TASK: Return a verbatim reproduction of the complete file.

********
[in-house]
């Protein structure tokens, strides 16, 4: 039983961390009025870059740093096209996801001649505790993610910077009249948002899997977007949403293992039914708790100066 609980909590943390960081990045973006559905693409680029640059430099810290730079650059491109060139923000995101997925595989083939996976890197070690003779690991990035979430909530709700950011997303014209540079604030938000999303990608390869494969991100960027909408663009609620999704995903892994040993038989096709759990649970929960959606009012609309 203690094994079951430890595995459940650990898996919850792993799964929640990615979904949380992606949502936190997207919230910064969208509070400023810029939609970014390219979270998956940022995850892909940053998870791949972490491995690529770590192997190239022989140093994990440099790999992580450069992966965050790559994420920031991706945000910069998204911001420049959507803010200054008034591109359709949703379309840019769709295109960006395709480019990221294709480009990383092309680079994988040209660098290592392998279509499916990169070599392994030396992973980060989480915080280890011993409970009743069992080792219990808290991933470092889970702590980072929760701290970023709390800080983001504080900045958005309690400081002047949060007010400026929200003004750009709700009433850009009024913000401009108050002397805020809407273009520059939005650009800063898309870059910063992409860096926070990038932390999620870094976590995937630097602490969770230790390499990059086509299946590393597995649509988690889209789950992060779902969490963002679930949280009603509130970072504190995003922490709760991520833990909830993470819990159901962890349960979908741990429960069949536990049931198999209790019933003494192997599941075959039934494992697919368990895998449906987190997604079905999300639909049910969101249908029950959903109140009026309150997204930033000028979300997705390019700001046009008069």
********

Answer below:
[in-house]
């Protein structure tokens, strides 16, 4: 039983961390009025870059740093096209996801001649505790993610910077009249948002899997977007949403293992039914708790100066 609980909590943390960081990045973006559905693409680029640059430099810290730079650059491109060139923000995101997925595989083939996976890197070690003779690991990035979430909530709700950011997303014209540079604030938000999303990608390869494969991100960027909408663009609620999704995903892994040993038989096709759990649970929960959606009012609309 203690094994079951430890595995459940650990898996919850792993799964929640990615979904949380992606949502936190997207919230910064969208509070400023810029939609970014390219979270998956940022995850892909940053998870791949972490491995690529770590192997190239022989140093994990440099790999992580450069992966965050790559994420920031991706945000910069998204911001420049959507803010200054008034591109359709949703379309840019769709295109960006395709480019990221294709480009990383092309680079994988040209660098290592392998279509499916990169070599392994030396992973980060989480915080280890011993409970009743069992080792219990808290991933470092889970702590980072929760701290970023709390800080983001504080900045958005309690400081002047949060007010400026929200003004750009709700009433850009009024913000401009108050002397805020809407273009520059939005650009800063898309870059910063992409860096926070990038932390999620870094976590995937630097602490969770230790390499990059086509299946590393597995649509988690889209789950992060779902969490963002679930949280009603509130970072504190995003922490709760991520833990909830993470819990159901962890349960979908741990429960069949536990049931198999209790019933003494192997599941075959039934494992697919368990895998449906987190997604079905999300639909049910969101249908029950959903109140009026309150997204930033000028979300997705390019700001046009008069």